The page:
See also

Look up electrolysis in
Wiktionary, the free dictionary.

  Results from FactBites:
 
Electrolysis - Wikipedia, the free encyclopedia (1374 words)
In some cases, for instance in the electrolysis of steam into hydrogen and oxygen at high temperature, the opposite is true.
Gel electrophoresis is an electrolysis where the solvent is a gel: it is used to separate substances, such as DNA strands, based on their electrical charge.
More recently, electrolysis of heavy water was performed by Fleischmann and Pons in their famous experiment, resulting in anomalous heat generation and the controversial claim of cold fusion.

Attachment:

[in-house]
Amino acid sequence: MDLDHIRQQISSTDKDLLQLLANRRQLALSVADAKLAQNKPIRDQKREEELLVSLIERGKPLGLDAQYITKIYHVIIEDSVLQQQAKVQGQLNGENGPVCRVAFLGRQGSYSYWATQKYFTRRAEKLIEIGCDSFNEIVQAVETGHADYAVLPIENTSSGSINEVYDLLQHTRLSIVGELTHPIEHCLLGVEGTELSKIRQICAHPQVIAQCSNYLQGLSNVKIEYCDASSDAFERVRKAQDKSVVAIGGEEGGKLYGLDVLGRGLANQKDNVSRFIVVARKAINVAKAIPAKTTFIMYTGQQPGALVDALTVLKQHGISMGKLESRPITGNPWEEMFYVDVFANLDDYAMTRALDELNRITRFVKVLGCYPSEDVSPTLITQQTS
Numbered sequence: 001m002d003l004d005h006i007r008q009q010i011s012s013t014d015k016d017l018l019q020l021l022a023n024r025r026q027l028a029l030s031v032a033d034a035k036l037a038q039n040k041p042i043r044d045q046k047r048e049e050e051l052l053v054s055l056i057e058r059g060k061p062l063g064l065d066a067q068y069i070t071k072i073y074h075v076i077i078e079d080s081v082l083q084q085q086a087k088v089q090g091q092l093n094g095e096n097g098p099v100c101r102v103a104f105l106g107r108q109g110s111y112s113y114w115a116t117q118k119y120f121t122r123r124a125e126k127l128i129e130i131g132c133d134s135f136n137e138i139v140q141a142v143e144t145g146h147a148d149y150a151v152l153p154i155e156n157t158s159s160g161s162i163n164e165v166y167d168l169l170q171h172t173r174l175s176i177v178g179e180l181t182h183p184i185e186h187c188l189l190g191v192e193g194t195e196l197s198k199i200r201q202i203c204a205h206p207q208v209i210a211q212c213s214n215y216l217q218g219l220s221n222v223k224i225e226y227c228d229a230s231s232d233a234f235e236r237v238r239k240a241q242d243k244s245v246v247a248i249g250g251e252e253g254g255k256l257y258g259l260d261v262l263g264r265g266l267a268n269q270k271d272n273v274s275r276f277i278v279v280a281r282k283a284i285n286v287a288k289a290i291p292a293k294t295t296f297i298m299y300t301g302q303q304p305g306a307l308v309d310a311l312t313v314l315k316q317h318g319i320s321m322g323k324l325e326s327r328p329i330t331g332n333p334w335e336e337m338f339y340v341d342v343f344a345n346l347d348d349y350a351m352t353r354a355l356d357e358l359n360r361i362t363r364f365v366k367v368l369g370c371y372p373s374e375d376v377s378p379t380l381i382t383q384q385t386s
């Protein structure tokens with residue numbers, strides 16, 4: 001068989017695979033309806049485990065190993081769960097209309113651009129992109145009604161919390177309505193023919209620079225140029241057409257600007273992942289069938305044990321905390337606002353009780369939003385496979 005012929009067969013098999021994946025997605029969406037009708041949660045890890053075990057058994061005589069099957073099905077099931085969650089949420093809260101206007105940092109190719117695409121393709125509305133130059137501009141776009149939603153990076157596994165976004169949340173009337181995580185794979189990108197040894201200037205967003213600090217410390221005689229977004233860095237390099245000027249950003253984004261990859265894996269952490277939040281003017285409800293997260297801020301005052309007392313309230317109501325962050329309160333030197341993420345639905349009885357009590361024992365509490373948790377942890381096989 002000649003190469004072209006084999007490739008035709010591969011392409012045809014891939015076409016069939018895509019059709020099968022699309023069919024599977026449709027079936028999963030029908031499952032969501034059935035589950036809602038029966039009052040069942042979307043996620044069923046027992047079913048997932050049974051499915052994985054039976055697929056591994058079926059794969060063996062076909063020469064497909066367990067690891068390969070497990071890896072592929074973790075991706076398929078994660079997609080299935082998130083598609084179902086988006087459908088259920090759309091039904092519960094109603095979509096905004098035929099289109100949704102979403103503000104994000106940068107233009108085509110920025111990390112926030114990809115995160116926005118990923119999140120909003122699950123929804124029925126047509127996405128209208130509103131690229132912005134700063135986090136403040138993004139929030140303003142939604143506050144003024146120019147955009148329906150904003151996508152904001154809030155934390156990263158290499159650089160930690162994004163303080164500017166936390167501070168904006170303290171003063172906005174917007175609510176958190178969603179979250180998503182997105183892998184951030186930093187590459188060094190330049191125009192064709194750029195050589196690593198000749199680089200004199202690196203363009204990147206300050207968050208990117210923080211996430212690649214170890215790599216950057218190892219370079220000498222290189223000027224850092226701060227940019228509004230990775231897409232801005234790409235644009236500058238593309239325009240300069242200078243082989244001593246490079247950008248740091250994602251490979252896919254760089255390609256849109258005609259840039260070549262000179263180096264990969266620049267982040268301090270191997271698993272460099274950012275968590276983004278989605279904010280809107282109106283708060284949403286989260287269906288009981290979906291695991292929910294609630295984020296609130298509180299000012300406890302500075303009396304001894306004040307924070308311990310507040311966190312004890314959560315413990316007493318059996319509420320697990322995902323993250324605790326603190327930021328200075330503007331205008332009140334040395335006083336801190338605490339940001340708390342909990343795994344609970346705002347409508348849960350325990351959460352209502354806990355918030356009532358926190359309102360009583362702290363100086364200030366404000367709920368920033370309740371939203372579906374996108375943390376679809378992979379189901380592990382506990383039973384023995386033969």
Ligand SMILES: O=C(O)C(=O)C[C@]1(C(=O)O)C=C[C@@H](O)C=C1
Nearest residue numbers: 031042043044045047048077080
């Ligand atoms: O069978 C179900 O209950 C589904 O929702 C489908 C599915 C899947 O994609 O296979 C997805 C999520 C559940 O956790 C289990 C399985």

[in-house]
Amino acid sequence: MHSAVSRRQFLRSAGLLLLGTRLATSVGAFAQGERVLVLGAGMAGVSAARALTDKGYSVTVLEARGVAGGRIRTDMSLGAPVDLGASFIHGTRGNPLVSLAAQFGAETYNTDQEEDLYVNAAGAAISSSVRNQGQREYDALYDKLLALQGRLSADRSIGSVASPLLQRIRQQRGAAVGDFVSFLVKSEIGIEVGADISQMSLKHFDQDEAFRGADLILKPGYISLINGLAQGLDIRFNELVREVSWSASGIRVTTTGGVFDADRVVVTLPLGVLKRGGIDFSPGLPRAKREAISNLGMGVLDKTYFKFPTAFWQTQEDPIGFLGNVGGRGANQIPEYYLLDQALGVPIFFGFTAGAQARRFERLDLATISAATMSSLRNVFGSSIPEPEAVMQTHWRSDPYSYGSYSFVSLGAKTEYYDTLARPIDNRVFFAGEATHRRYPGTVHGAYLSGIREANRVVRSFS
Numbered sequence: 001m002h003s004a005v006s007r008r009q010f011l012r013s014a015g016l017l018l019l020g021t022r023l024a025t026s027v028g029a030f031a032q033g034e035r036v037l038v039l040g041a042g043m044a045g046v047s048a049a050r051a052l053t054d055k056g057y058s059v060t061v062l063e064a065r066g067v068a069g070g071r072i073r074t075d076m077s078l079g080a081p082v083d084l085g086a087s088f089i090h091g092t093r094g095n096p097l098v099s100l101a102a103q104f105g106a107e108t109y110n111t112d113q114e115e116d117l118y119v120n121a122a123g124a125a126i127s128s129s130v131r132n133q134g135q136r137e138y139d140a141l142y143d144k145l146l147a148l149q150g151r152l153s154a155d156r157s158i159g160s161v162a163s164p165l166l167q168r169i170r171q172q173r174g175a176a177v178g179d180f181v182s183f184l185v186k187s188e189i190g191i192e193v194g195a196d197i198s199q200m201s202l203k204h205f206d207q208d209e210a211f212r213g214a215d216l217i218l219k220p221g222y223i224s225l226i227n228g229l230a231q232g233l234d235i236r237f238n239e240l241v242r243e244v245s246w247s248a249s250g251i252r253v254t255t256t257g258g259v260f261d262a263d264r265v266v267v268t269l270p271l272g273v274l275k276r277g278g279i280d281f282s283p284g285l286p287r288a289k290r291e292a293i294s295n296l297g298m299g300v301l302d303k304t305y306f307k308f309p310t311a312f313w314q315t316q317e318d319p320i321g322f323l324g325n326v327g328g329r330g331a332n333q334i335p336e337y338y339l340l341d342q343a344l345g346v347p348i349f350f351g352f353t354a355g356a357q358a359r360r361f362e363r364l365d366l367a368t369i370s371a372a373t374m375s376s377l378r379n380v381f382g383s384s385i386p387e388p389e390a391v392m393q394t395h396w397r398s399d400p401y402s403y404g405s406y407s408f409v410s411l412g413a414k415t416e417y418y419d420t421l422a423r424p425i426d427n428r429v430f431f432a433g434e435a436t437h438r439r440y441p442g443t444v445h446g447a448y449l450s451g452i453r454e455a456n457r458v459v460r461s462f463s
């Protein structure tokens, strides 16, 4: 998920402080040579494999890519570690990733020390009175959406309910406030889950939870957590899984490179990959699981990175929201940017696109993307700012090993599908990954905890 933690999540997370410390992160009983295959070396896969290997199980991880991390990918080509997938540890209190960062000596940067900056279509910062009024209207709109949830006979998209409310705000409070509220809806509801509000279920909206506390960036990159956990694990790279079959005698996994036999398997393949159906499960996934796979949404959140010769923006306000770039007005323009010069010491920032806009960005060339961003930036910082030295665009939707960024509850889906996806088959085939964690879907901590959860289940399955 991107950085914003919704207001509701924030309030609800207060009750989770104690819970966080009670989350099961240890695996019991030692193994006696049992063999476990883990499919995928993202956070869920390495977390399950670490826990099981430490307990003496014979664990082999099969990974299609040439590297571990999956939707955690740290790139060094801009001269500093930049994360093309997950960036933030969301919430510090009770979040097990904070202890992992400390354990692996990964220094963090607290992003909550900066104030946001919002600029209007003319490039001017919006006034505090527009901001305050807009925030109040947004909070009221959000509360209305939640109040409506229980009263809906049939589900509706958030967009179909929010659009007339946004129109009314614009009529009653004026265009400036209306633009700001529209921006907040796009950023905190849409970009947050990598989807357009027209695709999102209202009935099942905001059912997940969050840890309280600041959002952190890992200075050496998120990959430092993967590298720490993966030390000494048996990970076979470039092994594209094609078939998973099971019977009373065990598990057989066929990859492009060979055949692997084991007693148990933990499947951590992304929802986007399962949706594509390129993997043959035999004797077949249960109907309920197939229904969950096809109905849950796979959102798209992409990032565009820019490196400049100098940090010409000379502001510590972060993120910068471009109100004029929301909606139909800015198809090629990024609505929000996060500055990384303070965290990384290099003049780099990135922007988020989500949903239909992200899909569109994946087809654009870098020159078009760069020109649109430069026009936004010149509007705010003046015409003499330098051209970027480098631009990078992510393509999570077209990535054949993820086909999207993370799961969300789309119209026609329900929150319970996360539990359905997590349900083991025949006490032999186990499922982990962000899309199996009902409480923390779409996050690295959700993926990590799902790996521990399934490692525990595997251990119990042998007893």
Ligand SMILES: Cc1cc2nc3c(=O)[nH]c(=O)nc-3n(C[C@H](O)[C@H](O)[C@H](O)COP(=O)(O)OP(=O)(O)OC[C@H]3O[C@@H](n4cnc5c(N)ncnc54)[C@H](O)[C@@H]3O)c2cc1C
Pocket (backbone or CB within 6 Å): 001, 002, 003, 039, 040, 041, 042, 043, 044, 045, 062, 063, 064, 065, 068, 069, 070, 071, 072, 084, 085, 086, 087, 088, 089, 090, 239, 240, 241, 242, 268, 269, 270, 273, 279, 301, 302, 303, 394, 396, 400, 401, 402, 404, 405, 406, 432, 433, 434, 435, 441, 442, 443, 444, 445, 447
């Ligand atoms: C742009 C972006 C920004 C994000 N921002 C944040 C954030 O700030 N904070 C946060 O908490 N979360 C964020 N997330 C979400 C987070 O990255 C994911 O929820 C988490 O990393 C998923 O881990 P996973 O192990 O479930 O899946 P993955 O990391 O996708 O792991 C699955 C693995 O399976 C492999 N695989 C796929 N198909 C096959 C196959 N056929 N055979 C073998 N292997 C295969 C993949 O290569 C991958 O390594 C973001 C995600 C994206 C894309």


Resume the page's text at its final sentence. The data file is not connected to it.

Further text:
Electrolysis of water - Wikipedia, the free encyclopedia (840 words)
Electrolysis of water is an electrolytic process which decomposes water into oxygen and hydrogen gas with the aid of an electric current, where a power source from a 6 volt battery is commonly used.
The electrolysis cell consists of two electrodes (usually an inert metal such as platinum) submerged in an electrolyte and connected to opposite poles of a source of direct current.
High-temperature electrolysis (also HTE or steam electrolysis) is a method currently being investigated for water electrolysis with a heat engine.